One of the first displays of affection Phillip Reed Jr. remembers seeing was in a TV commercial.
It was 1979 and he was 23 years old. Living on the reservation in Window Rock, Arizona, a member of the Navajo Nation, Reed "didn't exactly grow up in a normal way," he said. Work was hard to come by, and drugs and alcohol were all around. Like his parents, he struggled with addiction.
But when Reed saw a mother kiss her son on the cheek in a California tourism ad, the trajectory of his life changed. In that small gesture, a different future seemed possible.
"My family at the time wasn't very loving or understanding, so it was overwhelming for me to see," Reed said. "That’s what motivated me to stay in treatment and come to California.”
It took years of false starts and small victories for Reed to put his addiction behind him for good. But on June 23, 2023, he'll graduate from UCLA Extension's alcohol and drug abuse counseling certificate program, 17 years clean and sober and one big step closer to accomplishing his goal of becoming a licensed substance abuse counselor.
"I want to help people learn to understand themselves, to save themselves," Reed said.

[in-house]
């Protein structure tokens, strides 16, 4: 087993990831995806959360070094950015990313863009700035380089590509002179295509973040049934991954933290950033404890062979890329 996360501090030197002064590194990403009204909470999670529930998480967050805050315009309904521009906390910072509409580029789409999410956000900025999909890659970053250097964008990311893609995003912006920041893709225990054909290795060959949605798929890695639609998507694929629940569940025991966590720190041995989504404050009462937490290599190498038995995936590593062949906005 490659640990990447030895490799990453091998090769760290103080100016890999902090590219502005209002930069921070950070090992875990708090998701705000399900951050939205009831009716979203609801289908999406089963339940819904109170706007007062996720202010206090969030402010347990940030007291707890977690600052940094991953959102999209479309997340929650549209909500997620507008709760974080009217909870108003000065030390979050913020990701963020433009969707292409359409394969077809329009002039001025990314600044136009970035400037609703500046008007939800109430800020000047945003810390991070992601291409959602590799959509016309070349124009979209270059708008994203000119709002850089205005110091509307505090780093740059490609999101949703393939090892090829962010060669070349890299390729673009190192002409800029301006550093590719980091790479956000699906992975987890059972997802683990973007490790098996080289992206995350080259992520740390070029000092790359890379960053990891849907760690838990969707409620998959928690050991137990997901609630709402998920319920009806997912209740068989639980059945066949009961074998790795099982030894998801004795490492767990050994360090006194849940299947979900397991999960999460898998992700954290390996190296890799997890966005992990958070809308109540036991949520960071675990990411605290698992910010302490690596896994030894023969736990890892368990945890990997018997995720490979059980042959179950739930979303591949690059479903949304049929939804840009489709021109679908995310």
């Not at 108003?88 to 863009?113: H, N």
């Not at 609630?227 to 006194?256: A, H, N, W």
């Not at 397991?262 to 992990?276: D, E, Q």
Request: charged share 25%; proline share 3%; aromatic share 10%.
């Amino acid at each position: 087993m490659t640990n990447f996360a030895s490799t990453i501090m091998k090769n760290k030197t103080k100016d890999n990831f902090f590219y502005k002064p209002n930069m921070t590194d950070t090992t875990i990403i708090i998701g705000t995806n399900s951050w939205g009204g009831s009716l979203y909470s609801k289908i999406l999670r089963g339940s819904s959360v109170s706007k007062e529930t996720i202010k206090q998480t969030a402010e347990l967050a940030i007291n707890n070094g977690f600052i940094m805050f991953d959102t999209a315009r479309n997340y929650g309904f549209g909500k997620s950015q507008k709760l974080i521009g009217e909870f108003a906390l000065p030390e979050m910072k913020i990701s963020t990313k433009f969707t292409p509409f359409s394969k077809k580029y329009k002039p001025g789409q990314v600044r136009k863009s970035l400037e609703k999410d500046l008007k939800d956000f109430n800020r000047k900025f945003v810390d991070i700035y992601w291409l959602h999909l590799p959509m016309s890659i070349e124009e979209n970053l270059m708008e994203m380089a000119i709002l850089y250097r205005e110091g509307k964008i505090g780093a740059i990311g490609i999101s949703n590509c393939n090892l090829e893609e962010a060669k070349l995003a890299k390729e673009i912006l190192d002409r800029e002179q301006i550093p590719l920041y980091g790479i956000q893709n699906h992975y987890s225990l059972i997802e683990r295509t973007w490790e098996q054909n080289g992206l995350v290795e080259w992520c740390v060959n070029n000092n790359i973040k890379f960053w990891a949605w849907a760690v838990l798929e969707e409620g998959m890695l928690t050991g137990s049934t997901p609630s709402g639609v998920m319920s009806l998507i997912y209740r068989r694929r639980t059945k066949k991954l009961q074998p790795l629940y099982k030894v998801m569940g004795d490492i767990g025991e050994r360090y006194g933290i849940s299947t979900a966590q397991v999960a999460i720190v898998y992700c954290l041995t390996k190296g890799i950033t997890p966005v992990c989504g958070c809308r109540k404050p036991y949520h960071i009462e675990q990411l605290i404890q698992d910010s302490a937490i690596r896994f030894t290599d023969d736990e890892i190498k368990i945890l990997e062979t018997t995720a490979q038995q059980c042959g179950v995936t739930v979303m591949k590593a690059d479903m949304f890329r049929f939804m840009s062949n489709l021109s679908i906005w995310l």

Reed started working at a residential alcohol and drug treatment program in Long Beach, CA, in 2010 and learned more about pursuing counseling as a career from United American Indian Involvement (UAII), a support organization based in Los Angeles and a partner in UCLA Extension's CareerBridge program. Seeing clients come in and out of the treatment program ultimately motivated him to enroll at UCLA Extension. As part of the program, in addition to his classes, Reed worked as an intern, shadowing professional counselors and passing on lessons he’d learned both in life and in the classroom.
"A lot of people I've met, their addictions separate them from their families and their kids, and that's painful to see." Reed said, "I just try to give them better advice so they can get reconnected together in a loving manner."
Finding support was a big part of Reed's own journey to getting clean and sober. He overcame his addictions after praying and participating in traditional Indigenous purification ceremonies, he said. Counselors from Native American aid organizations such as UAII, the American Indian Counseling Center (AICC) and American Indian Changing Spirits (AICS) offered crucial support and showed him a path forward.
It hasn't always been easy. Friends at times mocked his decision to quit drugs and alcohol and pressured him to keep using; it has taken continuous work to keep substance abuse at bay.
One benefit of his education at UCLA Extension has been to better understand the social dynamics of addiction and learn to set boundaries in his own life, Reed said. Those lessons have helped him teach others to navigate the challenges he's spent a lifetime trying to overcome. But he isn't finished learning. Even after graduating and eventually becoming a counselor Reed plans to keep taking classes – and finding ways to give back.
"It's a deep feeling within myself to want to teach these guys. It's a blessing to see them love their families, to love their kids," he said. "I want people to love themselves. That's what it's all about."